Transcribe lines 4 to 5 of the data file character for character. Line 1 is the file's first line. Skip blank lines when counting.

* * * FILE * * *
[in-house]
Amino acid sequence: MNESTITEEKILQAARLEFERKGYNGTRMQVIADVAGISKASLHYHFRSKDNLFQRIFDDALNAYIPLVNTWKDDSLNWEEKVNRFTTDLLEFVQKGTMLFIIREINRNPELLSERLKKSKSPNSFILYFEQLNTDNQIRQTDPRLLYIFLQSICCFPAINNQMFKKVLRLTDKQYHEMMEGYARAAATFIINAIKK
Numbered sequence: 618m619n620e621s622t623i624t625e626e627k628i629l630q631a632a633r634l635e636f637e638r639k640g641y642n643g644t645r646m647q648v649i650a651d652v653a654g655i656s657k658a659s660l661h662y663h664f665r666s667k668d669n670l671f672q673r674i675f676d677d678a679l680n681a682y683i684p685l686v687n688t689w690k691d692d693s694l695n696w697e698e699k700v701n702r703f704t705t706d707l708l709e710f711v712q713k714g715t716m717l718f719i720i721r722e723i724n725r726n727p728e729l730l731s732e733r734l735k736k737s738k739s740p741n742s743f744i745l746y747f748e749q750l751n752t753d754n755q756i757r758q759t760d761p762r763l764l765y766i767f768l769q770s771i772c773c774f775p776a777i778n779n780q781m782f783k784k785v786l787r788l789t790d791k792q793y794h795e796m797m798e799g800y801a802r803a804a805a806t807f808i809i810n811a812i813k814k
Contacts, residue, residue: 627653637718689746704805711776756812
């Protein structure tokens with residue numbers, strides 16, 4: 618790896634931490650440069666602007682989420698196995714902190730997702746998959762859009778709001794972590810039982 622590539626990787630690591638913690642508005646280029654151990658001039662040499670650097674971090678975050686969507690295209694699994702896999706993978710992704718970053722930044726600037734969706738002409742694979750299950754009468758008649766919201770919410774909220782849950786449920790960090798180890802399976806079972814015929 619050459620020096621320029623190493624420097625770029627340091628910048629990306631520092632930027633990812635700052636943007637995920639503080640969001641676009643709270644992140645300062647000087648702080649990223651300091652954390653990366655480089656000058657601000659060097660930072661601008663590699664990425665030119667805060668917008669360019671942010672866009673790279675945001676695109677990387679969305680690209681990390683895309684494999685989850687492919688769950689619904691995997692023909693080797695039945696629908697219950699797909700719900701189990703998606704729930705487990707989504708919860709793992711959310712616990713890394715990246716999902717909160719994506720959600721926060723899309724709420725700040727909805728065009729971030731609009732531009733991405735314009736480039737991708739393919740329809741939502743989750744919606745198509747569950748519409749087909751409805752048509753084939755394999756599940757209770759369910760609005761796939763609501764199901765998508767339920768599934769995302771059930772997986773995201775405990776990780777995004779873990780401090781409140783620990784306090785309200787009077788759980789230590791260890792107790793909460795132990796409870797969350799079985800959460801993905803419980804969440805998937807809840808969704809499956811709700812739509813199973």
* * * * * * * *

Contacts, residue, residue: 627653637718689746704805711776756812
């Protein structure tokens with residue numbers, strides 16, 4: 618790896634931490650440069666602007682989420698196995714902190730997702746998959762859009778709001794972590810039982 622590539626990787630690591638913690642508005646280029654151990658001039662040499670650097674971090678975050686969507690295209694699994702896999706993978710992704718970053722930044726600037734969706738002409742694979750299950754009468758008649766919201770919410774909220782849950786449920790960090798180890802399976806079972814015929 619050459620020096621320029623190493624420097625770029627340091628910048629990306631520092632930027633990812635700052636943007637995920639503080640969001641676009643709270644992140645300062647000087648702080649990223651300091652954390653990366655480089656000058657601000659060097660930072661601008663590699664990425665030119667805060668917008669360019671942010672866009673790279675945001676695109677990387679969305680690209681990390683895309684494999685989850687492919688769950689619904691995997692023909693080797695039945696629908697219950699797909700719900701189990703998606704729930705487990707989504708919860709793992711959310712616990713890394715990246716999902717909160719994506720959600721926060723899309724709420725700040727909805728065009729971030731609009732531009733991405735314009736480039737991708739393919740329809741939502743989750744919606745198509747569950748519409749087909751409805752048509753084939755394999756599940757209770759369910760609005761796939763609501764199901765998508767339920768599934769995302771059930772997986773995201775405990776990780777995004779873990780401090781409140783620990784306090785309200787009077788759980789230590791260890792107790793909460795132990796409870797969350799079985800959460801993905803419980804969440805998937807809840808969704809499956811709700812739509813199973």